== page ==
Sewell blasts administration for healthcare ‘assault’
By Adam Powell
On Tuesday, as the Fifth Circuit Court of appeals was hearing oral arguments in the Texas v. United States lawsuit, a Republican-orchestrated suit to dismantle the Affordable Care Act (ACA), U.S. Rep. Terri Sewell, D-AL, lambasted the latest attempts by President Donald Trump’s administration to eliminate protections for people with pre-existing conditions, as well as every other benefit and protection provided by former President Barack Obama’s landmark healthcare bill.
“Let me be clear: Republicans are going after Alabamians’ healthcare without any plan to replace it,” Sewell said. “If the Trump administration has its way in court, nearly 2 million Alabamians with pre-existing conditions will lose critical protections, insurance companies will be able to charge women more than men and health insurance costs will go up for all Alabamians, even those with employer-based coverage.”
Sewell noted in her remarks that all of this is happening as House Democrats have passed legislation to strengthen protections for people with pre-existing conditions and lower healthcare costs and prescription drug costs.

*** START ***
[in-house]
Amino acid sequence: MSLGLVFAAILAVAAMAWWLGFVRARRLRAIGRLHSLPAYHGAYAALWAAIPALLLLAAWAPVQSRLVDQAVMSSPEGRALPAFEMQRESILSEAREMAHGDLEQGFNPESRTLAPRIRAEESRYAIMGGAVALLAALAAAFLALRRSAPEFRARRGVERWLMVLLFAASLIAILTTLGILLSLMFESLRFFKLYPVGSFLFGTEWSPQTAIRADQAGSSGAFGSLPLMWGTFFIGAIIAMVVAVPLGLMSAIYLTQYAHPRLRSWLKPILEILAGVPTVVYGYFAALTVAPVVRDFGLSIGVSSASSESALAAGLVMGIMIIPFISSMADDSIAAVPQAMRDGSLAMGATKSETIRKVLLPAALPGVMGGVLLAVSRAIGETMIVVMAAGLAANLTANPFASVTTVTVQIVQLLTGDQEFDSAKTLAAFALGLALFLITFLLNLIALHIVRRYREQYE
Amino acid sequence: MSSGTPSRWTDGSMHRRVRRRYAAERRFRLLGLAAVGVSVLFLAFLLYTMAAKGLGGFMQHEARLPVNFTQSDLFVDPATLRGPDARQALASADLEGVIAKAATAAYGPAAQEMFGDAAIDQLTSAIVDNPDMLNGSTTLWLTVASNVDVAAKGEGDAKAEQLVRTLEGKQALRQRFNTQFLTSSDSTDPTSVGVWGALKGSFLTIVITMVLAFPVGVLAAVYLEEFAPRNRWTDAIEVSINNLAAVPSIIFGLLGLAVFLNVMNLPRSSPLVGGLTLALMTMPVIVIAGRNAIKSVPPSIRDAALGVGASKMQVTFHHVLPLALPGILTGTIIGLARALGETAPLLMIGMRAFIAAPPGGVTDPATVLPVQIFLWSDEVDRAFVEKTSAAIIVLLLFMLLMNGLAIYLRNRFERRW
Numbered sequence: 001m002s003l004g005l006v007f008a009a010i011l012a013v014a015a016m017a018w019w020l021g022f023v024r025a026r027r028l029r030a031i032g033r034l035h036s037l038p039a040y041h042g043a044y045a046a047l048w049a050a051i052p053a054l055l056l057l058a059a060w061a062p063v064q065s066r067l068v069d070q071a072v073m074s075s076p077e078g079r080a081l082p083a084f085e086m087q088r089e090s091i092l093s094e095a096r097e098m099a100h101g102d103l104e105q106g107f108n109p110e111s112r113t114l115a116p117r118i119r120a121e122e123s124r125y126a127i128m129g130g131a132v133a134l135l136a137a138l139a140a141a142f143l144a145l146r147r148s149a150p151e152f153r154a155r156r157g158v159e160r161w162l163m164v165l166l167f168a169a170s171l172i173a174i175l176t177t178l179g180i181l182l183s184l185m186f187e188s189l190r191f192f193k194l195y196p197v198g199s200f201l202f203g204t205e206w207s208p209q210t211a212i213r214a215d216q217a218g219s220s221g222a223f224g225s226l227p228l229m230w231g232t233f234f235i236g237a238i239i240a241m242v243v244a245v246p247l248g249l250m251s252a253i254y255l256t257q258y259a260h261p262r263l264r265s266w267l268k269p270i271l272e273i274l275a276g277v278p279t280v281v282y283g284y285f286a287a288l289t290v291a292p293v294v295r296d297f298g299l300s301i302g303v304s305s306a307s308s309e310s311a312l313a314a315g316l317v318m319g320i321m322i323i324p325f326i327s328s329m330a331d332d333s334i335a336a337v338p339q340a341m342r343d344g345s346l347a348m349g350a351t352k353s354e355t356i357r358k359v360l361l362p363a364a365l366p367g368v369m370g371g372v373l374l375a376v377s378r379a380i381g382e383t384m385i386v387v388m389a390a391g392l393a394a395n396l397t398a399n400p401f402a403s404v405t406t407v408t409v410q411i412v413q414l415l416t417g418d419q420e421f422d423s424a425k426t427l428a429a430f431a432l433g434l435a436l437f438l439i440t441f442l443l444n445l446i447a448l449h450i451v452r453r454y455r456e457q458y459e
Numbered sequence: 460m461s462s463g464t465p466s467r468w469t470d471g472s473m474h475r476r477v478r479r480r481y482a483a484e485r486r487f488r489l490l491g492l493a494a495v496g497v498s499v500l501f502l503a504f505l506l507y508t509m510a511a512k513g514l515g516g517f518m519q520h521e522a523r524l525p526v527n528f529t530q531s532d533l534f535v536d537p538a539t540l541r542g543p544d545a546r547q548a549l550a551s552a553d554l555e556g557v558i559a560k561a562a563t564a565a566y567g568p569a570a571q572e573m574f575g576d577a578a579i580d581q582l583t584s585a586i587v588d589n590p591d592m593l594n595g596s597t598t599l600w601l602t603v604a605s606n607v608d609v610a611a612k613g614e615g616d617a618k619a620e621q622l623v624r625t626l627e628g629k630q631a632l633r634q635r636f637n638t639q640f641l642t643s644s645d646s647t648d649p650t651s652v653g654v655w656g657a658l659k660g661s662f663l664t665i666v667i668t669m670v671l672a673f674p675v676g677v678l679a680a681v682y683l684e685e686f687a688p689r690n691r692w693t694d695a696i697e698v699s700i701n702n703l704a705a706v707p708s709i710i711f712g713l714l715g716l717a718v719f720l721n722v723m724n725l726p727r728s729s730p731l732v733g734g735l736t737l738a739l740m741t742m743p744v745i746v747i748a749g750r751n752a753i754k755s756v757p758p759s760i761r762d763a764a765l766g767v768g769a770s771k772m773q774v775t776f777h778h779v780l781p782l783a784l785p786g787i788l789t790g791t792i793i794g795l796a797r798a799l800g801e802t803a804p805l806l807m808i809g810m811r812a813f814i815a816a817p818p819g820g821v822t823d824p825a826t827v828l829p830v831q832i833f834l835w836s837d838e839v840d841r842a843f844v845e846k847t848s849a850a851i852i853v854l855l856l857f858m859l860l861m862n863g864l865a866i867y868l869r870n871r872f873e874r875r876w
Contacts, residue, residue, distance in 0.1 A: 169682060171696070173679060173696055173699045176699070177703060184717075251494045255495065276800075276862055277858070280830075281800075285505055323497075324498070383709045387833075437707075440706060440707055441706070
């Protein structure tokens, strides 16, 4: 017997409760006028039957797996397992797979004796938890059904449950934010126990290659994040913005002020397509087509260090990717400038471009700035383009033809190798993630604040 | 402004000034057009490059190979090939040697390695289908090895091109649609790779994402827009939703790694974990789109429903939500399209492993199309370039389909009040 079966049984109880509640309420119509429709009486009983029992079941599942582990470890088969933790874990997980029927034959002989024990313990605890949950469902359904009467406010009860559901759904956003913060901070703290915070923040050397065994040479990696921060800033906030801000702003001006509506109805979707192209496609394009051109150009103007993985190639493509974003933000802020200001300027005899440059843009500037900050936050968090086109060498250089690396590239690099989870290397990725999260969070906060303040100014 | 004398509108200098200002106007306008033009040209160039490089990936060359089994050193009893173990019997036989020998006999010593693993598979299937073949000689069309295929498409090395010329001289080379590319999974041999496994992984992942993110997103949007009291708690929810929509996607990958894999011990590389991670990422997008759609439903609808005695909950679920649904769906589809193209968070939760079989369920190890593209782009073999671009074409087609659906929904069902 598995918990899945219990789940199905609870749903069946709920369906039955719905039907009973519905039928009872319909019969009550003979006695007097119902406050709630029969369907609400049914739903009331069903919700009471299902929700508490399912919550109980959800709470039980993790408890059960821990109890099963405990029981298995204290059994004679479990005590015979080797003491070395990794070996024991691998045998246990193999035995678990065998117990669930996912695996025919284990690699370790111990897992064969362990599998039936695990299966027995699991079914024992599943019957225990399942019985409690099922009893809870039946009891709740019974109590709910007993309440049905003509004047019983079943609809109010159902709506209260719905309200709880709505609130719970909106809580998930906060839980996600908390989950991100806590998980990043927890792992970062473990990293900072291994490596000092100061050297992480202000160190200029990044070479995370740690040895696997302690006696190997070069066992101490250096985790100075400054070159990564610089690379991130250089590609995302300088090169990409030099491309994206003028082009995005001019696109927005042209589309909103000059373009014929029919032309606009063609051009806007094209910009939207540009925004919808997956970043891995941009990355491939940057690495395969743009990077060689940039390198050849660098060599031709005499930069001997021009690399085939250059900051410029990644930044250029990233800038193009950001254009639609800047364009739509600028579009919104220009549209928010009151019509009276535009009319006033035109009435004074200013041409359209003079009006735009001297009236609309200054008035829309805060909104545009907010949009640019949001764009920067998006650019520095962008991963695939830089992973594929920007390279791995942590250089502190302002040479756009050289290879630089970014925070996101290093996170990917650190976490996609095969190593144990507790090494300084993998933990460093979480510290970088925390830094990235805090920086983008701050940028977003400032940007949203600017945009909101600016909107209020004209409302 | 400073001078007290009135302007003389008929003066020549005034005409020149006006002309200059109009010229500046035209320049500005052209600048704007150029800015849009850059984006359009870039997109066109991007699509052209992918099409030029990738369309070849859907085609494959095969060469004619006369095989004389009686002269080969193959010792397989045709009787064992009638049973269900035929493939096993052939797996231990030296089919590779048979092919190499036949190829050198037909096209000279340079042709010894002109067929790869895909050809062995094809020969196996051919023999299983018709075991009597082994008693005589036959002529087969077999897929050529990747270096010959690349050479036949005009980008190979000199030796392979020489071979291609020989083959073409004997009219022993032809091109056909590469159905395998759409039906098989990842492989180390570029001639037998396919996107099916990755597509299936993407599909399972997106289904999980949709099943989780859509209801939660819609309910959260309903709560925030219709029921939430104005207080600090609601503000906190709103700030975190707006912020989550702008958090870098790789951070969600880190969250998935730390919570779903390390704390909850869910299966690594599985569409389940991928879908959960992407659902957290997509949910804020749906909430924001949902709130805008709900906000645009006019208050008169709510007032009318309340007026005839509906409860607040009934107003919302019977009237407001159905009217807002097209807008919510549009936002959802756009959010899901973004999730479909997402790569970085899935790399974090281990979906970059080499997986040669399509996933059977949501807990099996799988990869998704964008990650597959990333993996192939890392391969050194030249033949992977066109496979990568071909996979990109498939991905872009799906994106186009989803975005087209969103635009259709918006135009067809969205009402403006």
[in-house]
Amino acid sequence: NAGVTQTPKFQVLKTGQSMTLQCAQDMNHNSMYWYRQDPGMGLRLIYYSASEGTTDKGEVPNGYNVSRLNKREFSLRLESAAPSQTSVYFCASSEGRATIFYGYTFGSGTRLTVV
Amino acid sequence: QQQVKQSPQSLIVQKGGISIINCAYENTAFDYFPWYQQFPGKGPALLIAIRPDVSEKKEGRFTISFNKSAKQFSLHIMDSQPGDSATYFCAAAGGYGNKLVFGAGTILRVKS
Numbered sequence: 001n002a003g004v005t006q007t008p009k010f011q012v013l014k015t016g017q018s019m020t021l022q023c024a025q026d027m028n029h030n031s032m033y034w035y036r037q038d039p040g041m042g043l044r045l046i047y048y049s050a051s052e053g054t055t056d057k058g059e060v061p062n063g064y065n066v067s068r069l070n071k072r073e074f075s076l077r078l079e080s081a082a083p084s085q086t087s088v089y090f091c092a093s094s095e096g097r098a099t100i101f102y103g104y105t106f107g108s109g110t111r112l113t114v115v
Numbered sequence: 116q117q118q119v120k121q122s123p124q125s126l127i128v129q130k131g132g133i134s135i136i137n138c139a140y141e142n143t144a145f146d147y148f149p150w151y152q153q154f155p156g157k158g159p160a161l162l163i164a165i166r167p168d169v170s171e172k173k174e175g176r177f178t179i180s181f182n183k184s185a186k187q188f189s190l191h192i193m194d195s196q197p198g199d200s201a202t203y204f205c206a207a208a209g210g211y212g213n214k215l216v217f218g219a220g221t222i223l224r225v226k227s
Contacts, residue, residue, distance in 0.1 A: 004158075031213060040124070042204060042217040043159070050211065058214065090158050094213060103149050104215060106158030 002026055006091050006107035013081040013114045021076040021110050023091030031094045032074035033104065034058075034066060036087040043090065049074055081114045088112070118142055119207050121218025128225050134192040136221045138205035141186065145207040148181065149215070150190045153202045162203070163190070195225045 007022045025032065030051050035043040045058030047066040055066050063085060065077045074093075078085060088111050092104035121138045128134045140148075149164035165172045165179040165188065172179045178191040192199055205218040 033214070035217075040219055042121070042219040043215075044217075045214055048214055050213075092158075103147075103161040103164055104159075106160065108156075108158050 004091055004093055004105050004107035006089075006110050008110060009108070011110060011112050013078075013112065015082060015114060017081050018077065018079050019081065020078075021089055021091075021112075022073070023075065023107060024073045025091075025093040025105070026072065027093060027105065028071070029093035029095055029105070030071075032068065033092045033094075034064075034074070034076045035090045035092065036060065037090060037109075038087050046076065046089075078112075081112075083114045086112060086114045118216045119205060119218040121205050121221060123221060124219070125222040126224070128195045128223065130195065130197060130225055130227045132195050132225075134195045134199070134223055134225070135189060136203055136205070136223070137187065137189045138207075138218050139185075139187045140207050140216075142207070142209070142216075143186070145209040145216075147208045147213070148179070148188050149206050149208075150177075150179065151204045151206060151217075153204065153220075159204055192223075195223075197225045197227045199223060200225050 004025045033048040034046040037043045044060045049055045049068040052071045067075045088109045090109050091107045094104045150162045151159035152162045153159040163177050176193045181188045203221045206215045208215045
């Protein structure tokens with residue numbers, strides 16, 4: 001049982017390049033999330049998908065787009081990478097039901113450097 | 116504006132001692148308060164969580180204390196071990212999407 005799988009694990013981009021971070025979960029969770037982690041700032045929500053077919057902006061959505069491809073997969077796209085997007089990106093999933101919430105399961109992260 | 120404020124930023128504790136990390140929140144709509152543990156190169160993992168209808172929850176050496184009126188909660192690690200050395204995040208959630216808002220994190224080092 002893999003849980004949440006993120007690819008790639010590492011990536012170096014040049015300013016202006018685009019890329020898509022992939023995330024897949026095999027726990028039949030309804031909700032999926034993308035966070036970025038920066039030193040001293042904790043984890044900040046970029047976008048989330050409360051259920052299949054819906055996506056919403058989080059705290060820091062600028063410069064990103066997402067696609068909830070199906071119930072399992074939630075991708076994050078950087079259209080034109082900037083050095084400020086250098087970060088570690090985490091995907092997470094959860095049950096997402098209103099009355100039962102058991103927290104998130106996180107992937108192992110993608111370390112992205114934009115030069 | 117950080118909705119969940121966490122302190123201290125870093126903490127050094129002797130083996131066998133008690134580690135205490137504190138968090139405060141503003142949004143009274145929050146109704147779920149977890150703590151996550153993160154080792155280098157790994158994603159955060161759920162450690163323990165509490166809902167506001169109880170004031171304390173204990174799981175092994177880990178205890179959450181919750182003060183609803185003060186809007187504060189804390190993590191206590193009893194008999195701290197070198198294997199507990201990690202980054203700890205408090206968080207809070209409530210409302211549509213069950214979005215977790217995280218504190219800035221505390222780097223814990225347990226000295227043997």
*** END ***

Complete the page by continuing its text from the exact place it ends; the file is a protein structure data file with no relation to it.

“I will continue to fight to expand access to affordable, quality health insurance,” Sewell said.
During a press conference Tuesday, Sewell highlighted the plight of Dan and Debi Garrett, a couple from Oxford covered by the ACA.
The couple is at risk of losing coverage if the Republican effort to undermine the ACA is successful, a daunting prospect as Debi Garrett was previously denied insurance because her blindness was considered a pre-existing condition, according to Sewell.
In a press release, Sewell claimed that “the health and financial wellbeing of Alabama families will be at risk” if the Trump administration’s efforts to repeal the law are fruitful and cited staggering numbers to back up her claim.
According to the press release, nearly 2 million Alabamians with pre-existing conditions will lose protections enjoyed under the ACA, including more than 264,000 children, nearly 1 million women and more than 450,000 Alabamians between the ages of 55 and 64.
If the repeal effort pans out, insurance companies will again be allowed to charge people with pre-existing conditions more for coverage – an analysis by the Center for American Progress, an independent and nonpartisan policy institute, found that insurers could charge up to $4,270 more for asthma patients, $17,060 more for pregnant women, $26,180 more for people suffering from rheumatoid arthritis and over $140,000 more for patients with metastatic cancer.